Dr. Bianchi's laboratory seeks to advance understanding of fetal and placental biology through sequence analysis of nucleic acids that circulate within the pregnant woman's blood. The information acquired is used to improve counseling and prenatal care. The laboratory has a long-term commitment to developing prenatal treatments for Down syndrome. We hypothesize that giving safe and efficacious medications to pregnant women who are carrying fetuses diagnosed with trisomy 21 will reduce oxidative stress and inflammation, promote the production of new fetal nerve cells, and lead to improvement in brain growth, all of which will ultimately improve brain function, learning and memory after birth.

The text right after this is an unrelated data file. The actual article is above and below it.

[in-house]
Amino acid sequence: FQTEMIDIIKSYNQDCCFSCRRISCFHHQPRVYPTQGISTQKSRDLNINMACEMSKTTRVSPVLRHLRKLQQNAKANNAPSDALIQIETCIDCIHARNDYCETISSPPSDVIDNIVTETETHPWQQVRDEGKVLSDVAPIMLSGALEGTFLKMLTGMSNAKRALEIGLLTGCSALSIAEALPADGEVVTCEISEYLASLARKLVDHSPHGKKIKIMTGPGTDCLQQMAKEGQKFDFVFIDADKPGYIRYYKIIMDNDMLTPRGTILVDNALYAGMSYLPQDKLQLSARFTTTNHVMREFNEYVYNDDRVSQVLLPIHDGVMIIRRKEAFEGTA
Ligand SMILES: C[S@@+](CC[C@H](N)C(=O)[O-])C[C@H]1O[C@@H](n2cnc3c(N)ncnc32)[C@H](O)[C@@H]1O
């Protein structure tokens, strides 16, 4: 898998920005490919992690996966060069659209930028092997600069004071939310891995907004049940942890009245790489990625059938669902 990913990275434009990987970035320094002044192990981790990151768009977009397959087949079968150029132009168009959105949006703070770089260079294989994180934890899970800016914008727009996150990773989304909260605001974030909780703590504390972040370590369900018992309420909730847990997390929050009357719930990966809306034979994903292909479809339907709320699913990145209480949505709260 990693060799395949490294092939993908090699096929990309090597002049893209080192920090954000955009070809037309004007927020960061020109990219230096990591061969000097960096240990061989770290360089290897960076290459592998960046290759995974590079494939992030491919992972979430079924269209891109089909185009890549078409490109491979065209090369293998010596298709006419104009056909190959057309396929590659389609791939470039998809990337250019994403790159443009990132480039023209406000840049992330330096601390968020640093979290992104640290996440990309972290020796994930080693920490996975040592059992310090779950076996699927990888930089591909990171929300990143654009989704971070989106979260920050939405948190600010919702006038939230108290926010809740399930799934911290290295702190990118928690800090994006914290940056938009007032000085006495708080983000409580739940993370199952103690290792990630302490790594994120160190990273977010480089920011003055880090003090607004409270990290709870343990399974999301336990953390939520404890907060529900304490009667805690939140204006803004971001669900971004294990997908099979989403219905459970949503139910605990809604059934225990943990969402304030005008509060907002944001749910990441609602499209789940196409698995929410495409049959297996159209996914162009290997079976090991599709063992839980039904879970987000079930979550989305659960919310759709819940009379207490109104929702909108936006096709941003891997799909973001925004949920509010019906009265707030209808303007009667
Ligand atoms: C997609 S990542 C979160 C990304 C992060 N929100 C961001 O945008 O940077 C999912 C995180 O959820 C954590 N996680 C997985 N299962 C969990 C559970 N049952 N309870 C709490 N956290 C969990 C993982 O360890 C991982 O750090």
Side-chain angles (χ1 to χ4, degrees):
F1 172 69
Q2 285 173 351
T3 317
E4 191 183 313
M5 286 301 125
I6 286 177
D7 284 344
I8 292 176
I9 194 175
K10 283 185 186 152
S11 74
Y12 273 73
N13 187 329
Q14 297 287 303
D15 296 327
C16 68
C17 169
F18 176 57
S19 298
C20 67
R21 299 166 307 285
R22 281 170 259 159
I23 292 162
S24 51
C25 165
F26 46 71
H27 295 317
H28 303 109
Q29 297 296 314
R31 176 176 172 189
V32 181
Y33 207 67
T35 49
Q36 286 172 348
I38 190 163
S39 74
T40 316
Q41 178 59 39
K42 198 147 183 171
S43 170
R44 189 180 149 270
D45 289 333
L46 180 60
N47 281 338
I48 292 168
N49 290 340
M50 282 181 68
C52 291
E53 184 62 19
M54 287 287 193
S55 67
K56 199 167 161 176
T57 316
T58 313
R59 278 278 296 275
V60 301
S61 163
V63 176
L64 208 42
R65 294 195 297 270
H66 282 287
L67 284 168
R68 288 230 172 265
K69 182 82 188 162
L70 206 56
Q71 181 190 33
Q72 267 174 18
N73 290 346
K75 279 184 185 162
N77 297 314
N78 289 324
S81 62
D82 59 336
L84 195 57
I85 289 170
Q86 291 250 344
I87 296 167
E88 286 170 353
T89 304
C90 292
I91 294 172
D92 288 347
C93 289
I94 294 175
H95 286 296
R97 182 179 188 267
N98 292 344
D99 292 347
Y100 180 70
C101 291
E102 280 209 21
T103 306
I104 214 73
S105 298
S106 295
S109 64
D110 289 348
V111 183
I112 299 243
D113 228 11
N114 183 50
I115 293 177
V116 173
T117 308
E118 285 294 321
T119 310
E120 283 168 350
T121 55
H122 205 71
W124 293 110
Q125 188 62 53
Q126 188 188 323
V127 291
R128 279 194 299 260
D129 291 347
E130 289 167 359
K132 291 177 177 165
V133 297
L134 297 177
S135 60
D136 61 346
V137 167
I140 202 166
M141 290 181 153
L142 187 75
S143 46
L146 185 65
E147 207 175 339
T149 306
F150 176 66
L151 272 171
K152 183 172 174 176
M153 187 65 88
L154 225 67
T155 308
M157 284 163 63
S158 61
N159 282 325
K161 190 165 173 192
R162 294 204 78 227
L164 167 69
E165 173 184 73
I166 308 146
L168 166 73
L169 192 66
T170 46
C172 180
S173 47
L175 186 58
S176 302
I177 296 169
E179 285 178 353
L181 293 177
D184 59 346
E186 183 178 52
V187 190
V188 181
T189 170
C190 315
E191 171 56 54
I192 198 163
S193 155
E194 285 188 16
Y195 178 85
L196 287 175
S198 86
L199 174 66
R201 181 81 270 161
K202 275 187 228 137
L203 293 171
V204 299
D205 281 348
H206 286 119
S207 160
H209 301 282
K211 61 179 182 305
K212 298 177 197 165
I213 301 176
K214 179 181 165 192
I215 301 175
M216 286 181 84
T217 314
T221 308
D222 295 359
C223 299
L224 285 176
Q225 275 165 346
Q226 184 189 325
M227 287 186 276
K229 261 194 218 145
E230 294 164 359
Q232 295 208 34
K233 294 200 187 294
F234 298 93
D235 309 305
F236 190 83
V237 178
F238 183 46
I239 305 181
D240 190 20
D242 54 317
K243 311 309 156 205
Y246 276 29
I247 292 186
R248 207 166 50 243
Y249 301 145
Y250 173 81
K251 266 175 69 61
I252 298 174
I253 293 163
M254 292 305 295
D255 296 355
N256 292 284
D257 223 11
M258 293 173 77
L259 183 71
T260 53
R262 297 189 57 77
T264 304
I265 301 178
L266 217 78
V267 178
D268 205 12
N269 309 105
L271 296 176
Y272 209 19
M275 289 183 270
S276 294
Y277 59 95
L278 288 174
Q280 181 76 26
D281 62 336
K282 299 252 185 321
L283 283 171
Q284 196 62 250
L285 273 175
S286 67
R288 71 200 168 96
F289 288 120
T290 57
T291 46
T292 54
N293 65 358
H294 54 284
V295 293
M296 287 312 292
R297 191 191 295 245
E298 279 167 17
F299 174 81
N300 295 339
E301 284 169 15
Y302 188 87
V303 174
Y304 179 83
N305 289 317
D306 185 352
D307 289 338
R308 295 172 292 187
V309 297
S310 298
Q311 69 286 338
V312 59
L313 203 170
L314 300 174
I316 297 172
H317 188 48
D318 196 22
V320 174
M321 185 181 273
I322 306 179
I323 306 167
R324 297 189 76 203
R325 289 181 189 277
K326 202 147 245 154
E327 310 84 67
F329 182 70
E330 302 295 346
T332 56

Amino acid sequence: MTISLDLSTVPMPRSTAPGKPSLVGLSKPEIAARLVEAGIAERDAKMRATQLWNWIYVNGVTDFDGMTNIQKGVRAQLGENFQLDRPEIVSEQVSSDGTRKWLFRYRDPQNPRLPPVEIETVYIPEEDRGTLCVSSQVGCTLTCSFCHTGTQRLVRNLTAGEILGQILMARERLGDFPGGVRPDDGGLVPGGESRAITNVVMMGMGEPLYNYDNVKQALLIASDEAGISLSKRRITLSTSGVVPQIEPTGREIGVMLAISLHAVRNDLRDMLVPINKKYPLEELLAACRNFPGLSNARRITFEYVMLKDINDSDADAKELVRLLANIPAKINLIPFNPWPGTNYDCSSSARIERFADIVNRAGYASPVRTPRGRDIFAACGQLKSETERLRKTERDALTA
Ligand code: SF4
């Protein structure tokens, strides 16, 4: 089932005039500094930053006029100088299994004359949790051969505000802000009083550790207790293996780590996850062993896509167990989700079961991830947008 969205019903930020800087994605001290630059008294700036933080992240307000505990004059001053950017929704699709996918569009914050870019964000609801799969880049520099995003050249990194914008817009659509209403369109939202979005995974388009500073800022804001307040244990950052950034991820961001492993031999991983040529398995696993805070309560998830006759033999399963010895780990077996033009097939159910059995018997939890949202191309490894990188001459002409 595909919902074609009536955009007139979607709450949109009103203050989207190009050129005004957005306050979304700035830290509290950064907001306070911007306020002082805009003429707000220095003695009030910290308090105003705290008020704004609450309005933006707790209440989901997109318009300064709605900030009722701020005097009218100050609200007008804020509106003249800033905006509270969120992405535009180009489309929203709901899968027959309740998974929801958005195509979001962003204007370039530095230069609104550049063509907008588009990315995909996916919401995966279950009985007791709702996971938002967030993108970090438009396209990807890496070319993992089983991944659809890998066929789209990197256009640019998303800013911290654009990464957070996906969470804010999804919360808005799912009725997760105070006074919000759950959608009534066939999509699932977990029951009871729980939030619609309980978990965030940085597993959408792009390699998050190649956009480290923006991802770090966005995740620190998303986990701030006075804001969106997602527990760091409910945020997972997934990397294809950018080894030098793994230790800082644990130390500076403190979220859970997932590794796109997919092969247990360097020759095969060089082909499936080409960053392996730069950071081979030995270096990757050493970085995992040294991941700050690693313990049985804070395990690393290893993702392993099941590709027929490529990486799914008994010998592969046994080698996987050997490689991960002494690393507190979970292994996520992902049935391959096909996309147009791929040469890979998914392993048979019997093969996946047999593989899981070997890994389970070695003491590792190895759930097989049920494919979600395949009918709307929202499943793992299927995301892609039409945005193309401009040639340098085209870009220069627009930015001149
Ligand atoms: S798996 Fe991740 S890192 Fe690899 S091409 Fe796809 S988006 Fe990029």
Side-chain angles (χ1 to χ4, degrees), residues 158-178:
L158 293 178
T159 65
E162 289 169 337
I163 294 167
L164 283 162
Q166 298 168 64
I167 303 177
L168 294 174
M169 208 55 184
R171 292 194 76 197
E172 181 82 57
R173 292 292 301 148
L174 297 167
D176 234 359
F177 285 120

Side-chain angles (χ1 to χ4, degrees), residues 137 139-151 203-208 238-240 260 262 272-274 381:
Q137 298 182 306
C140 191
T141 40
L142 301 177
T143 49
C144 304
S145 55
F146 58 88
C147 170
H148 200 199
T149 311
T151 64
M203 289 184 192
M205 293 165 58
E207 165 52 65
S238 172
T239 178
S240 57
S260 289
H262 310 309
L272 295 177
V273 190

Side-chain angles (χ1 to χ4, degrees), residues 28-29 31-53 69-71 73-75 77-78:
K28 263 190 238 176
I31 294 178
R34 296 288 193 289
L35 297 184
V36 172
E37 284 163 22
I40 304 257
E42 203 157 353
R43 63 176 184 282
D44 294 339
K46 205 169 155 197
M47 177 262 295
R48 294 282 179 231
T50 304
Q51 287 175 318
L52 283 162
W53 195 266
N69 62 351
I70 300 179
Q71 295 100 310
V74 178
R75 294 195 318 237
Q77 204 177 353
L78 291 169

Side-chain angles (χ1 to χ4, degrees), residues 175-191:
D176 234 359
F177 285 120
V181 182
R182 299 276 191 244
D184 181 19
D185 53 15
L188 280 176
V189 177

Since its incorporation into clinical care in the US in October 2011, analysis of circulating cell-free (cf) DNA in the plasma of pregnant women -- non-invasive prenatal testing (NIPT) - has revolutionized prenatal screening and diagnosis for fetal chromosome abnormalities. It is the largest and fastest growing assay in genomic medicine, and over six million tests have been performed globally as of late 2017. Compared to the current biochemical standard serum screen, NIPT has better sensitivities, specificities, positive and negative predictive values, and significantly lower false positive rates (FPRs). Due to the improved screening test performance for the common autosomal aneuploidies, there has been up to a 70% decrease in the number of diagnostic procedures such as amniocentesis and chorionic villus sampling (CVS) performed in the United States, with an associated decrease in procedure-related miscarriages.